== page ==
What's was most remarkable about it was what was "behind the scenes".
Take a look at the back. It was probably easily removable, or, more often than
not, maybe it didn't even have a back. It was completely OPEN!:
Stapled or glued to the inside panel, there was often a schematic diagram:
(Schematic diagram on inside panel of a Westinghouse 1951 model 6-T-104 radio)
This "skeleton" outline laid bare all the secrets of the radio's inner workings. To get it, you didn't have to do anything special like become a developer. It was there for everyone to see.
Whereas the vacuum tubes were transparent, perhaps by chance, the important thing here is that the manufacturer expended extra special effort toward transparency by including this schematic diagram.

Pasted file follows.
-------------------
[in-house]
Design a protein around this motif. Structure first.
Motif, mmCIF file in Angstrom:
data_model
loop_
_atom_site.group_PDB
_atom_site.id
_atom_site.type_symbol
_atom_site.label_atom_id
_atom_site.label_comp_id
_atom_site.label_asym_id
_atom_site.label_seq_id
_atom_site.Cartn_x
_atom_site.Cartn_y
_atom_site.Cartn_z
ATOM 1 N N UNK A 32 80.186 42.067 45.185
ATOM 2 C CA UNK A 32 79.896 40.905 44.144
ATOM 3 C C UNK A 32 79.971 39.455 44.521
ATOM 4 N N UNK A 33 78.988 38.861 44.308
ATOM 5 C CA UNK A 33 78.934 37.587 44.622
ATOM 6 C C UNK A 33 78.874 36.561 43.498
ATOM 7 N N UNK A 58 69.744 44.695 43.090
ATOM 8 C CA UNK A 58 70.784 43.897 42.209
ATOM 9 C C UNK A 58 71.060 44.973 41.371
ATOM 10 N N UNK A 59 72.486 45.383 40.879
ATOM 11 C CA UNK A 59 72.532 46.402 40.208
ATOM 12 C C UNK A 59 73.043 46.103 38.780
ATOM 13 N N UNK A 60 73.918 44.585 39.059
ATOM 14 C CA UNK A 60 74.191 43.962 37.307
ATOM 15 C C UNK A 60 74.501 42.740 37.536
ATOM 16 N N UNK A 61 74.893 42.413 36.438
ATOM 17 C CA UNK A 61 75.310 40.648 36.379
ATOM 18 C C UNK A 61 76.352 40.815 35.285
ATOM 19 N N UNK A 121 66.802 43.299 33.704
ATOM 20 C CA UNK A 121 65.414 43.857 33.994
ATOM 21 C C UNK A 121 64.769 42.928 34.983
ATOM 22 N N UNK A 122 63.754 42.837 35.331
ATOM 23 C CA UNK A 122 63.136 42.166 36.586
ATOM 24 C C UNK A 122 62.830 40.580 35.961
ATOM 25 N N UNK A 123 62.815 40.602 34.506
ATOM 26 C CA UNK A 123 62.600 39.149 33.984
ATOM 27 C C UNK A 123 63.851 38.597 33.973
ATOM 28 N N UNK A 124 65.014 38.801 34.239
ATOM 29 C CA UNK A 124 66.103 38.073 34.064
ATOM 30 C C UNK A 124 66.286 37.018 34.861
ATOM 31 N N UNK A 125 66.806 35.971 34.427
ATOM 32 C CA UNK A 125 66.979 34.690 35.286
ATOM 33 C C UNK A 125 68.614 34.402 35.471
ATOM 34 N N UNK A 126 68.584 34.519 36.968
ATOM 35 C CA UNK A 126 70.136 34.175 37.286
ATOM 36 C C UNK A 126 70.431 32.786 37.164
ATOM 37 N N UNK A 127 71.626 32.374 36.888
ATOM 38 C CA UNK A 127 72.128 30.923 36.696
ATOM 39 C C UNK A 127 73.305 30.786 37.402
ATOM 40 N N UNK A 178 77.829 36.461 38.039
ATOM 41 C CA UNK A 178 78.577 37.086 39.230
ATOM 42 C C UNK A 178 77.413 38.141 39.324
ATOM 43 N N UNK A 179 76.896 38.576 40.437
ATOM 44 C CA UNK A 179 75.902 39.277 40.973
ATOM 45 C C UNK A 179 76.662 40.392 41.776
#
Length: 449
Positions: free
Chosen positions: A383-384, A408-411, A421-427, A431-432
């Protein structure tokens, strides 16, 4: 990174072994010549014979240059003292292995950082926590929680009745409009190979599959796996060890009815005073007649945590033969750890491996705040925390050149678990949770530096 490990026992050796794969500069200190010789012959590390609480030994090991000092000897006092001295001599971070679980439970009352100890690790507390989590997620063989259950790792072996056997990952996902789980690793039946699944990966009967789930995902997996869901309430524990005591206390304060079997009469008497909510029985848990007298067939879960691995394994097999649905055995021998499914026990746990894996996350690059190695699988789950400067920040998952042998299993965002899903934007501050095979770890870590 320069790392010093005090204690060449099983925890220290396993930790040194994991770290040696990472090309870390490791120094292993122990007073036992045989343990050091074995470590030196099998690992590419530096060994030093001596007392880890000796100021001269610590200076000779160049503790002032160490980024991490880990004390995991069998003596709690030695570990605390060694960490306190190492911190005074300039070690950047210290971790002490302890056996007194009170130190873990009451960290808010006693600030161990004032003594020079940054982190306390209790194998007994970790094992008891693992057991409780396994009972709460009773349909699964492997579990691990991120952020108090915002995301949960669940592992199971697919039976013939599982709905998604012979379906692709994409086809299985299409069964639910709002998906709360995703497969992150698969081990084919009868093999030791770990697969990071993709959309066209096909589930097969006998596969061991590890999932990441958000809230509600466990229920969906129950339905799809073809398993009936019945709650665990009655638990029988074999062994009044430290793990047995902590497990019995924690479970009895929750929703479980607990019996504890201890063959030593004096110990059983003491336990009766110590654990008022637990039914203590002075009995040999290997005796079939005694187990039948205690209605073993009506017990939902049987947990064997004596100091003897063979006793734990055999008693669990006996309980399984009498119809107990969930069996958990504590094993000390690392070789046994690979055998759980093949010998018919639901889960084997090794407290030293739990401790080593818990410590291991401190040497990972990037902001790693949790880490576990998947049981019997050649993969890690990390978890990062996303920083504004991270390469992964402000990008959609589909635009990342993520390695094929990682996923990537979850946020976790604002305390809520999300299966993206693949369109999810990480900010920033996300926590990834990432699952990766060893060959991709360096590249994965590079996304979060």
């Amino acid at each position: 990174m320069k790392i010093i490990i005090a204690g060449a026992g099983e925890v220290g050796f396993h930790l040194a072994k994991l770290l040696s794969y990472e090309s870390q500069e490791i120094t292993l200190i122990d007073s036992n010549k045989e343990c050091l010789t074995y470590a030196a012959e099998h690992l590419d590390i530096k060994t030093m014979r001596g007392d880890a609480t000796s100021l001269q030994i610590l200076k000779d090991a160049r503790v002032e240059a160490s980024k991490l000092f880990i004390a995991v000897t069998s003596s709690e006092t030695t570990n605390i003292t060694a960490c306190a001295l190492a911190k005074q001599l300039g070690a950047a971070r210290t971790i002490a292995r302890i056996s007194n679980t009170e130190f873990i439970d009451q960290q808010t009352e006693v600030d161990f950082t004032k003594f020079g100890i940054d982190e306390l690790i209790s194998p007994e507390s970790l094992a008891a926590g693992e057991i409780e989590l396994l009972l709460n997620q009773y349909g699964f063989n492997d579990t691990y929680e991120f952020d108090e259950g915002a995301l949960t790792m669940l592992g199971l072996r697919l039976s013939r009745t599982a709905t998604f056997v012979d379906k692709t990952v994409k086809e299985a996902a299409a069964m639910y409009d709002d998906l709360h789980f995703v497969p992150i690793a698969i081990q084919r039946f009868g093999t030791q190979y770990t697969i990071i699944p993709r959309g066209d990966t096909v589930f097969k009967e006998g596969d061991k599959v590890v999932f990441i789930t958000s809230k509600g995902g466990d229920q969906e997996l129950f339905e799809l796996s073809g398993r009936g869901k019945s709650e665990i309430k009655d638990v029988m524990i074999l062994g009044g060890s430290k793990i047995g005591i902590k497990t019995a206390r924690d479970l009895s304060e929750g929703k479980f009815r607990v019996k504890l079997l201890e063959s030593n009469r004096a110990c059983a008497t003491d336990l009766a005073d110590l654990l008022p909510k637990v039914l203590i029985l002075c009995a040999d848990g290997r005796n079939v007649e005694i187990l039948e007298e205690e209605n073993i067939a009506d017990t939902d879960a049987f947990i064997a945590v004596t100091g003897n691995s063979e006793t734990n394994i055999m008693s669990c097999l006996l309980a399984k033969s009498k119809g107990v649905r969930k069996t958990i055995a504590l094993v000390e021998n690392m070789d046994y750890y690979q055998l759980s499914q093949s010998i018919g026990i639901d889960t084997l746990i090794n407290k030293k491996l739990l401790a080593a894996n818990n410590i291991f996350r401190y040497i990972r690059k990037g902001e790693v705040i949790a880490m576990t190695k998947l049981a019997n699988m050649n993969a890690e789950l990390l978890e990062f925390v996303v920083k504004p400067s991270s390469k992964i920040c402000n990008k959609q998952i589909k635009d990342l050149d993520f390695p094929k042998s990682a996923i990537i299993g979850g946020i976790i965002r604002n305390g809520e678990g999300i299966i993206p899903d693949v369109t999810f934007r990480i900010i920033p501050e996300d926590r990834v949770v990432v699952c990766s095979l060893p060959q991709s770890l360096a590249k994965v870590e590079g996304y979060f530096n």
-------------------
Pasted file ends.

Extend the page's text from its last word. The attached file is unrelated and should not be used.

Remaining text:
And they probably paid cash for it, and the radio manufacturer probably knows no personal information or even who bought it (although we should note that in the early days of radio, government licensing was in some ways more stringent).
The world of computing was once also this way. The Apple ][ computer came with a schematic diagram, parts list, and source code listings of its firmware.
But modern consumer electronics lacks these open and transparent design principles. It is often designed for landfill, in a throw-away society that not only creates garbage, but also fails to create the scientists of yesteryear...
And when you buy something now, not only do they reveal nothing about themselves but they want to know everything about you.
What can we do to create a new class of consumer electronics devices that embody intgrity-by-design?